1. Stop, drop, and listen to your gut. Even the smallest decision requires some soul searching. When you are presented with a choice, it’s important to stop what you’re doing, drop any distractions, and listen to what your inner guide is telling you to do. We all know at an instinctive level what we have the emotion, expertise, and energy to commit to, yet we often ignore that voice. From now on, pause for a moment to do a comparison of the rewards versus the repercussions of saying yes to yet another obligation.
  2. Ask yourself a question. No matter how enticing an opportunity may seem, participating in it is of no use to you if it doesn’t come with some degree of personal merit. While it may sound selfish, the only question that really matters when making a decision is, “Will doing this add value to my life?” That value may be emotional, financial, moral, or altruistic. Not pondering this question can skew your priorities and leave you battling to find balance.
  3. Buy some time. Snap decisions usually won’t serve your best interests. In fact, they can be detrimental to your reputation, especially when you constantly change your mind and need to back track. Many people spontaneously say yes simply to avoid the perceived awkwardness of saying no. When you reply to an invitation with a statement like, “I need some time to think about this. I’ll get back to you tomorrow with my answer,” you’ll be free to consider the consequences of committing.
  4. Stop apologizing. Do you trip over apologies every time you say no? Stop it! There’s no need to feel bad about making a decision that serves your greater good. “Sorry, I can’t make it. I’m so busy. Sorry! Did I say I’m sorry?” can be replaced with, “Thank you for inviting me. I’m unable to attend,” or, “I appreciate being included. I’m not in a position to participate.” If you feel compelled to give a reason for your unavailability, make it concise and conclusive by saying something like, “I have other commitments I need to honor.”
  5. Say it like you mean it. Confidence is the key. While some people, like author Anne Lamott, consider the monosyllabic word no to be a complete sentence, you can soften its blow by using three word responses to requests you’re unable to accept. For example, decline invitations by combining the three words no, thank, and you. Or, if someone specifically asks, “Are you available to spearhead this committee?” you can link the word no with the words I’m and not. Whatever you do, don’t say, “I wish I could, but …” unless you truly mean it. Many people will take that as the opening they need to continue to push you to change your mind.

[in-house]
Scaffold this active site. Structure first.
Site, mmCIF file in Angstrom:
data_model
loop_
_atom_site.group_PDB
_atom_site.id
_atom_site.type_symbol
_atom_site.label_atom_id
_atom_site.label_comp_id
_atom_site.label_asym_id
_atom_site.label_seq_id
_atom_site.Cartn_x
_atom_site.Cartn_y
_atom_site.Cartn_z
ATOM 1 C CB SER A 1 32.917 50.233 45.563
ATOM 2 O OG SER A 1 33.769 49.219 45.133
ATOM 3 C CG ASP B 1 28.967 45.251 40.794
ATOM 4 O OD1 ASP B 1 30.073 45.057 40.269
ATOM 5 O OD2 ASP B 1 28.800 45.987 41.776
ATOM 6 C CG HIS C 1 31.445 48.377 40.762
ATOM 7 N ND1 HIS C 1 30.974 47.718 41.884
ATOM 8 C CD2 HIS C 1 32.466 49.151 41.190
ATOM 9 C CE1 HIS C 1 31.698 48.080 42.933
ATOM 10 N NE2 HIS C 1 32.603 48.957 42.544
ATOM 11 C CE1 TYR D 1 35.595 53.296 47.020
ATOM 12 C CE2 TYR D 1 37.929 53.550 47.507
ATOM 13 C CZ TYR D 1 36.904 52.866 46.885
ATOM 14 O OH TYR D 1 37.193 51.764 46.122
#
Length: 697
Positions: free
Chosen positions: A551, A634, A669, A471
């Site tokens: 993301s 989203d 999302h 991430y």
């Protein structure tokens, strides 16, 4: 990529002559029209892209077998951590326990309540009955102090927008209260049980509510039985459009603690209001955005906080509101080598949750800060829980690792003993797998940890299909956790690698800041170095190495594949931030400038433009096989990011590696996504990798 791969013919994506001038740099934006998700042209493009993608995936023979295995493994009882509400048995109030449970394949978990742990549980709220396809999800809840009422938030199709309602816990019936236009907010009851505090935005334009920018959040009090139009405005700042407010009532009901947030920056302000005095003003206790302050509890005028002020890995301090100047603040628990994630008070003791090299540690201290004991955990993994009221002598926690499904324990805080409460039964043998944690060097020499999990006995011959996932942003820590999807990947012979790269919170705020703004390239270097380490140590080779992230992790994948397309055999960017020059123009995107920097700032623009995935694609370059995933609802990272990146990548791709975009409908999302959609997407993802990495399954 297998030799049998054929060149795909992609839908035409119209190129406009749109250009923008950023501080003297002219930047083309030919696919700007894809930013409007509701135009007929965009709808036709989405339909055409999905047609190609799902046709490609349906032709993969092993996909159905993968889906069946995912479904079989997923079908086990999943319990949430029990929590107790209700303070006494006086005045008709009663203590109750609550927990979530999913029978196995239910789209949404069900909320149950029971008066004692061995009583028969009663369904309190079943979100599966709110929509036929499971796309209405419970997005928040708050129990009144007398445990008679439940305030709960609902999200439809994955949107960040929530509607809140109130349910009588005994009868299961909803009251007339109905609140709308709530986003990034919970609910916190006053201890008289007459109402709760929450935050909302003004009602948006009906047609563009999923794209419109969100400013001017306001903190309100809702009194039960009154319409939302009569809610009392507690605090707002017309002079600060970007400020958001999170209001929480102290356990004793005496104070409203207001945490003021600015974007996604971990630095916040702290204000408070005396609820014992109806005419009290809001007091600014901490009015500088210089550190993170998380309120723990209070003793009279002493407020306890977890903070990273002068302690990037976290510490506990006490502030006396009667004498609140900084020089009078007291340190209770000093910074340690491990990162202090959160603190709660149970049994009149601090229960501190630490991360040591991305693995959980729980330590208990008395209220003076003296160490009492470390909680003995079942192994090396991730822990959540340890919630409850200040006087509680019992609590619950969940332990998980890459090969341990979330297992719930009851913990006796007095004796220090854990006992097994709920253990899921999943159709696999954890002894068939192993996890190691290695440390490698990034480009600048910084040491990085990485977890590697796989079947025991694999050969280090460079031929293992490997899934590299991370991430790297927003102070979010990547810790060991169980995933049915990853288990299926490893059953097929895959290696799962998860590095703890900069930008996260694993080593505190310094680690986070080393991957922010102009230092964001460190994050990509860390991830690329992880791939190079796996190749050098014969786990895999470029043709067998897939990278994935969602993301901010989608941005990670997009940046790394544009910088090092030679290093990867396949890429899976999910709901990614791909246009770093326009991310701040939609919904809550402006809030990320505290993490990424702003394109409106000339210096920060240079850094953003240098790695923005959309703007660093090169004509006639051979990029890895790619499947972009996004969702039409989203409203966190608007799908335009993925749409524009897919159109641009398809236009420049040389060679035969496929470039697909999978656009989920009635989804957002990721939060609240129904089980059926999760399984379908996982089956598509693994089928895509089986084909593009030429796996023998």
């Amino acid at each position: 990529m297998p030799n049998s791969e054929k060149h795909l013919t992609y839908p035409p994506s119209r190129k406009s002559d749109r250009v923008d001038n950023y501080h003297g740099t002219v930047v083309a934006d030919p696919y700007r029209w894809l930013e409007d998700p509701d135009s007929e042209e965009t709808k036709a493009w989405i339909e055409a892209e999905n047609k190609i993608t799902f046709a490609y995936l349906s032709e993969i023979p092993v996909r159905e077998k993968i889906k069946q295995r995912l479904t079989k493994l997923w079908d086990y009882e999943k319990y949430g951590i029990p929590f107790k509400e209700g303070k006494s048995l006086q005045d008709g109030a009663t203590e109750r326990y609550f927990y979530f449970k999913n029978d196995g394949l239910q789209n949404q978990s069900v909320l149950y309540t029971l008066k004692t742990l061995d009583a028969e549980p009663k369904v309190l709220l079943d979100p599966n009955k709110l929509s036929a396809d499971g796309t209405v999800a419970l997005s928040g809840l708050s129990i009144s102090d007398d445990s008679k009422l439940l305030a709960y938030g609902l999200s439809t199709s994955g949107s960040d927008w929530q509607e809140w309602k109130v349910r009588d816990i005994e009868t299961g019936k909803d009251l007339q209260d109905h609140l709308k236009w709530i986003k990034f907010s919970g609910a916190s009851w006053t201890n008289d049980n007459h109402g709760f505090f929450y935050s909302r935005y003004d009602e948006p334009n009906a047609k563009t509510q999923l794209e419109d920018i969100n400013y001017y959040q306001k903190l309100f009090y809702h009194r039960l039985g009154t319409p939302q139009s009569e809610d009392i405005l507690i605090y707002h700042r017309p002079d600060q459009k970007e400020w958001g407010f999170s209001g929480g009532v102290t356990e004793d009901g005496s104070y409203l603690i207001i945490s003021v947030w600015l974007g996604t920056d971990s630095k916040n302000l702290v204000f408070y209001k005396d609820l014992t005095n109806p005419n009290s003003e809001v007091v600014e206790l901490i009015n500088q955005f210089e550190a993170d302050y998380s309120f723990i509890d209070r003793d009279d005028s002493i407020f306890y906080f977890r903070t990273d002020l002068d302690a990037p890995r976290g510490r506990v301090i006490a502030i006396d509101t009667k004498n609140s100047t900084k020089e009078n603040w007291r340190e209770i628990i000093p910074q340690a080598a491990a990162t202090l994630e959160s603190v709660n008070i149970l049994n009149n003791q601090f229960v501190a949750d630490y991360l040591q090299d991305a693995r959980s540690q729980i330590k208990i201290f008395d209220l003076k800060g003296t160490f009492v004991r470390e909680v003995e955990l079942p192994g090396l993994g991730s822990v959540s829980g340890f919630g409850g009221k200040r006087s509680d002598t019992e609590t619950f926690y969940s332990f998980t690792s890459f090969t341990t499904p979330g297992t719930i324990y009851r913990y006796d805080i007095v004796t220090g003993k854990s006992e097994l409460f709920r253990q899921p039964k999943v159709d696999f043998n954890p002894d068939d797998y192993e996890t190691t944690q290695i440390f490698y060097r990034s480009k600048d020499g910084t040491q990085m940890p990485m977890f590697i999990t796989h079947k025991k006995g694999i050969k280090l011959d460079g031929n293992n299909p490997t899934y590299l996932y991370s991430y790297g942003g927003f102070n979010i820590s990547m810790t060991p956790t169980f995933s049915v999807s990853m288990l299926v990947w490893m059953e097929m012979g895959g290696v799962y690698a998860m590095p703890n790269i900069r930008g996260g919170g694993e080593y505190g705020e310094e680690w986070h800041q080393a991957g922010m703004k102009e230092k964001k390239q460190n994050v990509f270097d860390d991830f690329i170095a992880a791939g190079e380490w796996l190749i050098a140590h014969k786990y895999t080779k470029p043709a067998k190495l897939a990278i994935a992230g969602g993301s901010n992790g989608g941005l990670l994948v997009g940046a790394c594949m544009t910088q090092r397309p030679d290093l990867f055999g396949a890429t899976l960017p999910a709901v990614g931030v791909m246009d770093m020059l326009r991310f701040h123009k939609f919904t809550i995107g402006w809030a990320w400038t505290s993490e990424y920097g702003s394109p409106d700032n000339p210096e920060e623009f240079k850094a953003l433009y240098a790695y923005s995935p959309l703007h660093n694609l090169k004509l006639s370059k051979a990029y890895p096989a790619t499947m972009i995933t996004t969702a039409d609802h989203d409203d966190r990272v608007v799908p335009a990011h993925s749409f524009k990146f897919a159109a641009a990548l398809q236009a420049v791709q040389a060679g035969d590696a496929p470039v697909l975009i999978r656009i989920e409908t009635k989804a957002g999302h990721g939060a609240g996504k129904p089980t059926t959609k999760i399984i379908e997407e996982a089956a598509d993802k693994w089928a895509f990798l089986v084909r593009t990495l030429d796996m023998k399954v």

Our daily decisions either limit or liberate us. And, as challenging as it can be to turn people, opportunities, and adventures down, remember this: Saying no to something you’re not primed for will always leave you open to say yes to something you’re passionate about.

 

Source: physicianpractice.com

Reducing Re-admissions with Care Transition Planning

Nearly one in five Medicare patients returns to the hospital within thirty days of discharge. With more than three quarters of these re-hospitalizations the result of preventable circumstances, providers have scrambled to identify areas of improvement. Recent research has shown that nearly a third of physicians blame hurried or incomplete hand-off procedures for an adverse event during hospitalization.

There are four major issues that often lead to readmissions:

  1. Lack of communication among providers and between the provider and the patient.
  2. Poor reconciliation of multiple drug regimens.
  3. Inability to exchange health information in a timely, electronic manner.
  4. Failure to educate patients about self-care programs to follow at home.

Research confirms that by working in a concerted, collaborative effort, providers can significantly improve care and reduce re-hospitalization by following these guidelines:

  1. Compare medication plans
  2. Communicate critical information
  3. Teach patients how to manage their own care

“Traditionally, doctors are trained in medical school to interview a patient and write daily summaries of the care plan but though vital to patient care, they rarely receive communication or handoff training,” said lead author Amy J. Starmer, MD, MPH, from the Division of General Pediatrics at Boston Children’s Hospital.  When trained in the use of a mnemonic device and EHR tool to help prompt more thorough communication, physicians were able to cut the number of preventable adverse events in half and significantly reduce medical errors. Instituting uniform procedures for common issues such as medication reconciliation and self-management for patients after discharge were effective in keeping patients out of the hospital.